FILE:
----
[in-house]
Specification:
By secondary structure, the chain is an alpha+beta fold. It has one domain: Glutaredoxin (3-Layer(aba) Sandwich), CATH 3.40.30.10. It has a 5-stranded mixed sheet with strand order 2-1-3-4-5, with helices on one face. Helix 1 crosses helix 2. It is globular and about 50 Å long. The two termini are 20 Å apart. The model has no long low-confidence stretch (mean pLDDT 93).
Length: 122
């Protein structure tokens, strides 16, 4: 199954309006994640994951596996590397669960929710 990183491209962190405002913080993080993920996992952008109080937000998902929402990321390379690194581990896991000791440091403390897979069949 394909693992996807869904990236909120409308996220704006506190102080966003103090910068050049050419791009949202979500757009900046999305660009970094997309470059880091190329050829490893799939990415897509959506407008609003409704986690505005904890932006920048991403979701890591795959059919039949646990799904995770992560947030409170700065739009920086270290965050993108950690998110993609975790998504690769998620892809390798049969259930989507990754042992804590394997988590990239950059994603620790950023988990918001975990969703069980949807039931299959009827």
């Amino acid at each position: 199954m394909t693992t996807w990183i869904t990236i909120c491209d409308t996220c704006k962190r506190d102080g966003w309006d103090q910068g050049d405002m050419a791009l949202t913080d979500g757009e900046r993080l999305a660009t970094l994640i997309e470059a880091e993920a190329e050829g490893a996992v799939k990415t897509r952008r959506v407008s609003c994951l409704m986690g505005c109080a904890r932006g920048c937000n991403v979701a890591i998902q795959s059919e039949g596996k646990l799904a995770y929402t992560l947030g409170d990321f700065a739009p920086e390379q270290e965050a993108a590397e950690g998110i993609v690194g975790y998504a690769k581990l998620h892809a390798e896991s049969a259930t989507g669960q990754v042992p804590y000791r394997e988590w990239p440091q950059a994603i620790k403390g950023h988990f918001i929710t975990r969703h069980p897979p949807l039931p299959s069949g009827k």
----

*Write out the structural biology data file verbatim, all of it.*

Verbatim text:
[in-house]
Specification:
By secondary structure, the chain is an alpha+beta fold. It has one domain: Glutaredoxin (3-Layer(aba) Sandwich), CATH 3.40.30.10. It has a 5-stranded mixed sheet with strand order 2-1-3-4-5, with helices on one face. Helix 1 crosses helix 2. It is globular and about 50 Å long. The two termini are 20 Å apart. The model has no long low-confidence stretch (mean pLDDT 93).
Length: 122
């Protein structure tokens, strides 16, 4: 199954309006994640994951596996590397669960929710 990183491209962190405002913080993080993920996992952008109080937000998902929402990321390379690194581990896991000791440091403390897979069949 394909693992996807869904990236909120409308996220704006506190102080966003103090910068050049050419791009949202979500757009900046999305660009970094997309470059880091190329050829490893799939990415897509959506407008609003409704986690505005904890932006920048991403979701890591795959059919039949646990799904995770992560947030409170700065739009920086270290965050993108950690998110993609975790998504690769998620892809390798049969259930989507990754042992804590394997988590990239950059994603620790950023988990918001975990969703069980949807039931299959009827």
């Amino acid at each position: 199954m394909t693992t996807w990183i869904t990236i909120c491209d409308t996220c704006k962190r506190d102080g966003w309006d103090q910068g050049d405002m050419a791009l949202t913080d979500g757009e900046r993080l999305a660009t970094l994640i997309e470059a880091e993920a190329e050829g490893a996992v799939k990415t897509r952008r959506v407008s609003c994951l409704m986690g505005c109080a904890r932006g920048c937000n991403v979701a890591i998902q795959s059919e039949g596996k646990l799904a995770y929402t992560l947030g409170d990321f700065a739009p920086e390379q270290e965050a993108a590397e950690g998110i993609v690194g975790y998504a690769k581990l998620h892809a390798e896991s049969a259930t989507g669960q990754v042992p804590y000791r394997e988590w990239p440091q950059a994603i620790k403390g950023h988990f918001i929710t975990r969703h069980p897979p949807l039931p299959s069949g009827k």